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Microstructure-Enabled Plasticity in Nano-to-Microscale Materials

Citation

Zhang, Haolu Jane (2021) Microstructure-Enabled Plasticity in Nano-to-Microscale Materials. Dissertation (Ph.D.), California Institute of Technology. doi:10.7907/0zvc-tc14. https://resolver.caltech.edu/CaltechTHESIS:02232021-081136982

Abstract

Microstructure-governed damage resistance in materials enables a variety of functional applications, such as durable biomedical implants and robust product packaging. For example, the refined phase compatibility qualifies NiTi for artery stents, while carbon fiber reinforced polymers improve structural strength in aerospace engineering. As the overall size of industrial applications continue to decrease, it has become increasingly apparent that when a material's external structural size and internal microstructural size become comparable, its mechanical behavior starts to deviate from that of bulk, such as the smaller-is-stronger size-effect in metals. This elucidation necessitates the characterization of materials at lengthscales relevant to their internal microstructure to guarantee accuracy in the design of real-world applications.

This thesis aims at deciphering the microstructure-mechanics relationship for materials at lengthscales bridging the gap between 1nm and 1µm, with shape memory ceramics, scorpion shells, and jellyfish biogel as sample systems. We use electron and x-ray diffraction to characterize microstructures such as twinning, defects, and fiber organization, while revealing strength, toughness, and other deformation mechanisms through in-situ nanomechanical experiments. We show improved shape recovery in an otherwise brittle ceramic by tuning its phase compatibility at the nanoscale and reveal unprecedented smaller-is-stronger size-dependence for its twinning-induced plasticity. We then unveil competing fiber orientations in Scorpion shells that follow fiber-mechanics principles and demonstrate a combined poroelasticity/viscoelasticity constitutive relation in jellyfish that explains their self-healing behavior. The correlation between microstructure and mechanical behavior unveils unique damage mitigation and energy dissipation techniques in both brittle ceramics and natural biomaterials at each order of lengthscale, paving the road to designing macroscopic materials with hierarchical mechanical behavior and improved plasticity.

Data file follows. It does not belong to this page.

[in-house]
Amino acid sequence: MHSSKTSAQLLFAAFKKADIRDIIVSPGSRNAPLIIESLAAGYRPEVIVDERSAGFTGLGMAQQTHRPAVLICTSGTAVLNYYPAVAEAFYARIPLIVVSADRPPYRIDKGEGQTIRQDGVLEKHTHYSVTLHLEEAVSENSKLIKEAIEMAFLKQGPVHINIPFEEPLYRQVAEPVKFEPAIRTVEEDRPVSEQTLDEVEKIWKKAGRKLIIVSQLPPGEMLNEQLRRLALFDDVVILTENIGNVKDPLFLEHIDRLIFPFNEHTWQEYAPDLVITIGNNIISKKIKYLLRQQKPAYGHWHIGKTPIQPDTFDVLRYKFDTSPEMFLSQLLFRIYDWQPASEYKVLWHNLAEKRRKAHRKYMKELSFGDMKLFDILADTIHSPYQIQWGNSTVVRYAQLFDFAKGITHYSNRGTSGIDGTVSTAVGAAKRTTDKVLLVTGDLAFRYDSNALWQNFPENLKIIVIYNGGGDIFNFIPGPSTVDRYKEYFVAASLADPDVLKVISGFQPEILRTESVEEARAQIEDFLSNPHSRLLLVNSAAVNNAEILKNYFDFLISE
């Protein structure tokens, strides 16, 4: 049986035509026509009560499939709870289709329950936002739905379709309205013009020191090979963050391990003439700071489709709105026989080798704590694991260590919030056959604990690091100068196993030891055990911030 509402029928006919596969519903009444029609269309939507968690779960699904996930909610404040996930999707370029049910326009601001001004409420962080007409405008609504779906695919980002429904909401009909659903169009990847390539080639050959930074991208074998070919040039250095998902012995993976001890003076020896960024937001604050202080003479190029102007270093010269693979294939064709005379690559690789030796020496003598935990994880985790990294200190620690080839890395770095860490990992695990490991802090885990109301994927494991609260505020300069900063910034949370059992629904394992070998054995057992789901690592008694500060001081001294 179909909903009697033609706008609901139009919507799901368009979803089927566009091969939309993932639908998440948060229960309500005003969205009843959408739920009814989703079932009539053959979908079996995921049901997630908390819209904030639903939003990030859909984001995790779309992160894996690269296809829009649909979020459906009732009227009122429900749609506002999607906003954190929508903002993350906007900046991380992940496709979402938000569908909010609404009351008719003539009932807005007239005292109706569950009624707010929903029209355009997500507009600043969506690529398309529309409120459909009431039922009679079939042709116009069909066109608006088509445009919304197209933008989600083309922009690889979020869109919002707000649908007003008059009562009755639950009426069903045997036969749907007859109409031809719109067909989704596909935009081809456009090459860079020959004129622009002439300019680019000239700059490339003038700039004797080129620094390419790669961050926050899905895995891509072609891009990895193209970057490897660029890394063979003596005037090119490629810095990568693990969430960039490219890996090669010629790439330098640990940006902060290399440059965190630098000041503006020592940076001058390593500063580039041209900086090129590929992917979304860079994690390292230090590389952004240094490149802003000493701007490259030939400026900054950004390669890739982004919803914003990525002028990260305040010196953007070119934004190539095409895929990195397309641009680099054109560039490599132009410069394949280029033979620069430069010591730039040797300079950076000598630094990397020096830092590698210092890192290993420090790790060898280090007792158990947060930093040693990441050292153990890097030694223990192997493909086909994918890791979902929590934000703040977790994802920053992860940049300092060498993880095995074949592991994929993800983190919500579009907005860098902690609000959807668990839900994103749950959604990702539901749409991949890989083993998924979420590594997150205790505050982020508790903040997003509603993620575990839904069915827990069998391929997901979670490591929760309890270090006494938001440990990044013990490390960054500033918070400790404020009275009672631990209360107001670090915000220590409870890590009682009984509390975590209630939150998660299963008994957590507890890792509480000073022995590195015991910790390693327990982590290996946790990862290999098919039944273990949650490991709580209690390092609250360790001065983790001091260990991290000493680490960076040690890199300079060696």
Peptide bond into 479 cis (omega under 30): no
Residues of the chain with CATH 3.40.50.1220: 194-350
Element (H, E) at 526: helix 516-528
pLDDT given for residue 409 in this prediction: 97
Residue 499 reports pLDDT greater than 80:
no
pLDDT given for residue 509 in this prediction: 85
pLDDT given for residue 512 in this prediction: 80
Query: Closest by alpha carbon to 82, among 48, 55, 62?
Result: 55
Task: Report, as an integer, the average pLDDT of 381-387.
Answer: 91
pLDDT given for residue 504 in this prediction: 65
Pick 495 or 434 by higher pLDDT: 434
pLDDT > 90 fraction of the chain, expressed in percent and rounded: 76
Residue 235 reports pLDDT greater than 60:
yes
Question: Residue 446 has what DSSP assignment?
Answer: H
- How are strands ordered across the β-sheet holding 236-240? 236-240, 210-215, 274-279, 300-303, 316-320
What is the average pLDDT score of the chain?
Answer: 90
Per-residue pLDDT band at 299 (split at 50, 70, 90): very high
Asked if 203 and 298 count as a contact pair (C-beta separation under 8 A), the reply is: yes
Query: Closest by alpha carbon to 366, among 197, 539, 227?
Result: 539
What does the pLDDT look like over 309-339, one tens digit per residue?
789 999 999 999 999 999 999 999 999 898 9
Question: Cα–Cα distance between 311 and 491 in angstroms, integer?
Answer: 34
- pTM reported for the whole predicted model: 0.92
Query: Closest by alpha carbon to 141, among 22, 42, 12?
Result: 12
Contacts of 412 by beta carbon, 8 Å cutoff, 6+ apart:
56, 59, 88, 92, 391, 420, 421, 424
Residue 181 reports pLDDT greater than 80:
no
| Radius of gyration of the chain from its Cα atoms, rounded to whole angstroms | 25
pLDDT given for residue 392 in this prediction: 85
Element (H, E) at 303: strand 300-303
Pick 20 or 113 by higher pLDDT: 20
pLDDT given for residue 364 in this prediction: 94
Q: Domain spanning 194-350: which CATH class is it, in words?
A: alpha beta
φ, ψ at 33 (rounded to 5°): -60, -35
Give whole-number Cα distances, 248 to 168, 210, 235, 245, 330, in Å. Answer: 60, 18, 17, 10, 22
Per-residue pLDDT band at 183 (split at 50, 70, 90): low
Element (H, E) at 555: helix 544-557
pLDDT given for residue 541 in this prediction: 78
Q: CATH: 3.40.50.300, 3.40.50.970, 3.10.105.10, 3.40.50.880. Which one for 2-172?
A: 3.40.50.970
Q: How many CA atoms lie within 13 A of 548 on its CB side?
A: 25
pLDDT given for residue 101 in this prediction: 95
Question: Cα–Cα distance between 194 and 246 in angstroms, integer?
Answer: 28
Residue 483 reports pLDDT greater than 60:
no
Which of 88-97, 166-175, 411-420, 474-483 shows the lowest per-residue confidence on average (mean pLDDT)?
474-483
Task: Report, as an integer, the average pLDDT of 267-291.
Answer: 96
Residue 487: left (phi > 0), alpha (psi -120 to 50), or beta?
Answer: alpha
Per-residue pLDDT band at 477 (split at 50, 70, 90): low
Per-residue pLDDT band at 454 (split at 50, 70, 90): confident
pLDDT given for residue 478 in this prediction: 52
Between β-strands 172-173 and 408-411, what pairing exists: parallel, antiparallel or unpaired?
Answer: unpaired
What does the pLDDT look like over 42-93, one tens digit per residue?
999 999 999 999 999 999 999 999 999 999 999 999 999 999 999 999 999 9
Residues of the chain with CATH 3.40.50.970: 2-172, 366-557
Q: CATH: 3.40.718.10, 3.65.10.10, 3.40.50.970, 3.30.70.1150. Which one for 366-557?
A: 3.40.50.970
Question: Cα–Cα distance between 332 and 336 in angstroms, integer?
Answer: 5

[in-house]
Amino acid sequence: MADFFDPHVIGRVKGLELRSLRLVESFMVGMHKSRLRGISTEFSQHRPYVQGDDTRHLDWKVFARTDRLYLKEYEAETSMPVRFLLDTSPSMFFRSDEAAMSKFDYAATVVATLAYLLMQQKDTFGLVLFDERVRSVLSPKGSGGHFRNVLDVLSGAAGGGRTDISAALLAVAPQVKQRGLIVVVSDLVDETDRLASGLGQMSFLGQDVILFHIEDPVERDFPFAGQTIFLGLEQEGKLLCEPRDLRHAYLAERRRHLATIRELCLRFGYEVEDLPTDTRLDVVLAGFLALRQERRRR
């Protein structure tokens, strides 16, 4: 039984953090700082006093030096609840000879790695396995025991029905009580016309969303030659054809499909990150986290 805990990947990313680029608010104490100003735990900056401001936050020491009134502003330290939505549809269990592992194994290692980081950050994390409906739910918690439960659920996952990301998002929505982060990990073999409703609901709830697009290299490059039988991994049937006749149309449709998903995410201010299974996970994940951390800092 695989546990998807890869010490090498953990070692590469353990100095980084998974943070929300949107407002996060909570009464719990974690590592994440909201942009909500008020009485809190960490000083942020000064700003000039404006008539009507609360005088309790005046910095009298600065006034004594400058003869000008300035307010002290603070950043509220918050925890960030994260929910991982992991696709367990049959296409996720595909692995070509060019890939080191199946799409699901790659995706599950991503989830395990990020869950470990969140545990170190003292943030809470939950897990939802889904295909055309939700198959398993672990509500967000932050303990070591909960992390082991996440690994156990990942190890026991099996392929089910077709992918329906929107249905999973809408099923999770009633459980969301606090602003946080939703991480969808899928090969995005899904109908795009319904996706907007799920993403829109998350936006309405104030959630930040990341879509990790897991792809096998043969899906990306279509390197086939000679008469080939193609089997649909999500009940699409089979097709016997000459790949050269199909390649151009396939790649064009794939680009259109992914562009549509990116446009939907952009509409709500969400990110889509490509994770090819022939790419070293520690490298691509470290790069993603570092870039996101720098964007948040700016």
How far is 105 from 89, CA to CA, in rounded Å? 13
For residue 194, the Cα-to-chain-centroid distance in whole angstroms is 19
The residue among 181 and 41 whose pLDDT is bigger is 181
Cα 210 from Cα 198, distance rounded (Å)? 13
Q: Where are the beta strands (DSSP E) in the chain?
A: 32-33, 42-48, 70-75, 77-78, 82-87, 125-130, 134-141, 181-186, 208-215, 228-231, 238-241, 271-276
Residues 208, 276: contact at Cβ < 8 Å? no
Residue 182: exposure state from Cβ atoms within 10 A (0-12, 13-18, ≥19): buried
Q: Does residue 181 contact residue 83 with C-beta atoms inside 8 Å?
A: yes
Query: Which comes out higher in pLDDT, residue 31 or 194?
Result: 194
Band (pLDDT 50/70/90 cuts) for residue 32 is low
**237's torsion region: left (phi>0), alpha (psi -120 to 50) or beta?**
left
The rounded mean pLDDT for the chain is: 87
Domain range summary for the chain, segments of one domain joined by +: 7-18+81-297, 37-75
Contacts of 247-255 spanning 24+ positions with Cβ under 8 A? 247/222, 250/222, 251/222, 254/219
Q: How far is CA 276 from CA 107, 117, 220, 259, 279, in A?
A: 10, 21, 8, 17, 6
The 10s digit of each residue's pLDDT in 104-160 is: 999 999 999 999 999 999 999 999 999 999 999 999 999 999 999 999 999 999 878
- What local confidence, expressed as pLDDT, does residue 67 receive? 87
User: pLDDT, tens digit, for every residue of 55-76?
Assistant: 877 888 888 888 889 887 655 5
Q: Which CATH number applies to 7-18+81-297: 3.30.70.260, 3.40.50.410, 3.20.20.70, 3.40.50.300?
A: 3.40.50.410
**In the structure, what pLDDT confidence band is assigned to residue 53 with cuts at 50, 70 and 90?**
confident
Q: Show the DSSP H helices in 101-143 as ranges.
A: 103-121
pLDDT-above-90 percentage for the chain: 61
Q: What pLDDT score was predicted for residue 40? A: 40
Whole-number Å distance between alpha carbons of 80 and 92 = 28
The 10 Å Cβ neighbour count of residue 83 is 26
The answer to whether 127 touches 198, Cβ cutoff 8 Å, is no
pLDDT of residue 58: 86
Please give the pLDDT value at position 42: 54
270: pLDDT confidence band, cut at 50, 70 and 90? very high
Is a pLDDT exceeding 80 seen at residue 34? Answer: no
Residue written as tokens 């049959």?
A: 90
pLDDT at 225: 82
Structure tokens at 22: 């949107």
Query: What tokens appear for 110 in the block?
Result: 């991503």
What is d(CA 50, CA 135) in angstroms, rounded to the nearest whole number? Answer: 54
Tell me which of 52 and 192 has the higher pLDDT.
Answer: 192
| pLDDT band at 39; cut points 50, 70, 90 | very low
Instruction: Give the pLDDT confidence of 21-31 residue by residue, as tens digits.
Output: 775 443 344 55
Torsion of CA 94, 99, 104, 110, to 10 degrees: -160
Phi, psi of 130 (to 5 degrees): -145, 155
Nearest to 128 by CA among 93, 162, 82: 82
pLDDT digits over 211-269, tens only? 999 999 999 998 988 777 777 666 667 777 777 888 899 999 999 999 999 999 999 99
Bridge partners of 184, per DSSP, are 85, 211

Item Type:Thesis (Dissertation (Ph.D.))
Subject Keywords:Nanomechanics; Microstructure; Crystallography; Biomaterials
Degree Grantor:California Institute of Technology
Division:Engineering and Applied Science
Major Option:Mechanical Engineering
Thesis Availability:Public (worldwide access)
Research Advisor(s):
  • Greer, Julia R.
Thesis Committee:
  • Bhattacharya, Kaushik (chair)
  • Pellegrino, Sergio
  • James, Richard D.
  • Greer, Julia R.
Defense Date:10 December 2020
Record Number:CaltechTHESIS:02232021-081136982
Persistent URL:https://resolver.caltech.edu/CaltechTHESIS:02232021-081136982
DOI:10.7907/0zvc-tc14
Related URLs:
URLURL TypeDescription
https://doi.org/10.1016/j.eml.2020.10112410.1016/j.eml.2020.101124DOIArticle adapted for Chapter 3.
https://doi.org/10.1016/j.eml.2020.10112410.1103/PhysRevMaterials.3.093603DOIArticle adapted for Chapter 2.
ORCID:
AuthorORCID
Zhang, Haolu Jane0000-0002-2871-5169
Default Usage Policy:No commercial reproduction, distribution, display or performance rights in this work are provided.
ID Code:14093
Collection:CaltechTHESIS
Deposited By: Haolu Zhang
Deposited On:01 Mar 2021 17:38
Last Modified:08 Mar 2021 17:27

Thesis Files

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